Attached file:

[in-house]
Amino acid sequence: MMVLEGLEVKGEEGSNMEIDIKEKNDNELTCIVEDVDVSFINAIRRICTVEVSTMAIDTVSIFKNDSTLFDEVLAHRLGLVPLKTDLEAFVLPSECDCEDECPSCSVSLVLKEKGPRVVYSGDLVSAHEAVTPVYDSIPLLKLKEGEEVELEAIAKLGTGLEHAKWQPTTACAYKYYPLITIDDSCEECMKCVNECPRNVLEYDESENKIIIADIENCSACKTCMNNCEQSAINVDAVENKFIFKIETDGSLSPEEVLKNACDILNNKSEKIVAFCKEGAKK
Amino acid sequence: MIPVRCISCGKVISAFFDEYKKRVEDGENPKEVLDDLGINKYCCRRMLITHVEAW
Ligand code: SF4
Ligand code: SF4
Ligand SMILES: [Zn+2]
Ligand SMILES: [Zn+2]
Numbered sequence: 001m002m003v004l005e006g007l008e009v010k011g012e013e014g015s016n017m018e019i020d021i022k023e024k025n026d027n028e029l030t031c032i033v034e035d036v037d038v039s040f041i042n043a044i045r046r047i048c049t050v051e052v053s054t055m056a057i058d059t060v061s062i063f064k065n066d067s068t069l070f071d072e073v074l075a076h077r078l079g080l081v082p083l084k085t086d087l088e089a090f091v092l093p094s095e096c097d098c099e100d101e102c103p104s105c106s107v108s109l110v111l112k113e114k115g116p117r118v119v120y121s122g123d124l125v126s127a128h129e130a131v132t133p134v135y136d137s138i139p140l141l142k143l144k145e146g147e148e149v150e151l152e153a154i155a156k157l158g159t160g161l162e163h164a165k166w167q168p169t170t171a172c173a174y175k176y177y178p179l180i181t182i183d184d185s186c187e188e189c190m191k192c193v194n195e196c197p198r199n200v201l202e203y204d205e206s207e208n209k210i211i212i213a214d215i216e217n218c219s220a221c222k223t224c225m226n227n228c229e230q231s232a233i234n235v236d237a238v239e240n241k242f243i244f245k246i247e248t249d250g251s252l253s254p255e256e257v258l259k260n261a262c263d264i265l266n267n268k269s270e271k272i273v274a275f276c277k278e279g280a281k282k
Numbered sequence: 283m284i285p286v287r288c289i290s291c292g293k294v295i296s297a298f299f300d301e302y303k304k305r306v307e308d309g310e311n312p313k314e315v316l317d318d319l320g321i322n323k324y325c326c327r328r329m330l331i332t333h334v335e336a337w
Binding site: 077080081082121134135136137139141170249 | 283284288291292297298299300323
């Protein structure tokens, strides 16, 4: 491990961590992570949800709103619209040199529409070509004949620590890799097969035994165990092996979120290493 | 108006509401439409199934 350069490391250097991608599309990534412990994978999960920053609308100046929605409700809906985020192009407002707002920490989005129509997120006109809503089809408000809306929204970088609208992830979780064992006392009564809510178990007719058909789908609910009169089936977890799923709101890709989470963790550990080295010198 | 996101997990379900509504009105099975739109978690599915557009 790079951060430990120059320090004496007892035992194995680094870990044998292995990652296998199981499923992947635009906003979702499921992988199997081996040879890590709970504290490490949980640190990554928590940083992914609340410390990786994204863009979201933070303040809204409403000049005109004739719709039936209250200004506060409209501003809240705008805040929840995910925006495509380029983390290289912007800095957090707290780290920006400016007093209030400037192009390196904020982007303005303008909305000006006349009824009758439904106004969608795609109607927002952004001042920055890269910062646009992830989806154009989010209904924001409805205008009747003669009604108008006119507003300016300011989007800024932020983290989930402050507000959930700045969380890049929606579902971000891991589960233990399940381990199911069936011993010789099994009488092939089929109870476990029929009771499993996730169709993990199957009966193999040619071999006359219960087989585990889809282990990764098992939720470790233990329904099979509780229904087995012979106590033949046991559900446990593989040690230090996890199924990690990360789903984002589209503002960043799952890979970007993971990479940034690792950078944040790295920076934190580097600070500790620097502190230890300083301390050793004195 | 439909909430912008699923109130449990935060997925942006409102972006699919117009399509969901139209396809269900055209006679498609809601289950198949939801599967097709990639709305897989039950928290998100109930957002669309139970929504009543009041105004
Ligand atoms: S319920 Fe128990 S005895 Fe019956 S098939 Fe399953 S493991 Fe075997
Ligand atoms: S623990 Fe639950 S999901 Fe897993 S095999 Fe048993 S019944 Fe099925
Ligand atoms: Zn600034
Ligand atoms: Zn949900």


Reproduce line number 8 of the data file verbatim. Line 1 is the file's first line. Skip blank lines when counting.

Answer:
Numbered sequence: 001m002m003v004l005e006g007l008e009v010k011g012e013e014g015s016n017m018e019i020d021i022k023e024k025n026d027n028e029l030t031c032i033v034e035d036v037d038v039s040f041i042n043a044i045r046r047i048c049t050v051e052v053s054t055m056a057i058d059t060v061s062i063f064k065n066d067s068t069l070f071d072e073v074l075a076h077r078l079g080l081v082p083l084k085t086d087l088e089a090f091v092l093p094s095e096c097d098c099e100d101e102c103p104s105c106s107v108s109l110v111l112k113e114k115g116p117r118v119v120y121s122g123d124l125v126s127a128h129e130a131v132t133p134v135y136d137s138i139p140l141l142k143l144k145e146g147e148e149v150e151l152e153a154i155a156k157l158g159t160g161l162e163h164a165k166w167q168p169t170t171a172c173a174y175k176y177y178p179l180i181t182i183d184d185s186c187e188e189c190m191k192c193v194n195e196c197p198r199n200v201l202e203y204d205e206s207e208n209k210i211i212i213a214d215i216e217n218c219s220a221c222k223t224c225m226n227n228c229e230q231s232a233i234n235v236d237a238v239e240n241k242f243i244f245k246i247e248t249d250g251s252l253s254p255e256e257v258l259k260n261a262c263d264i265l266n267n268k269s270e271k272i273v274a275f276c277k278e279g280a281k282k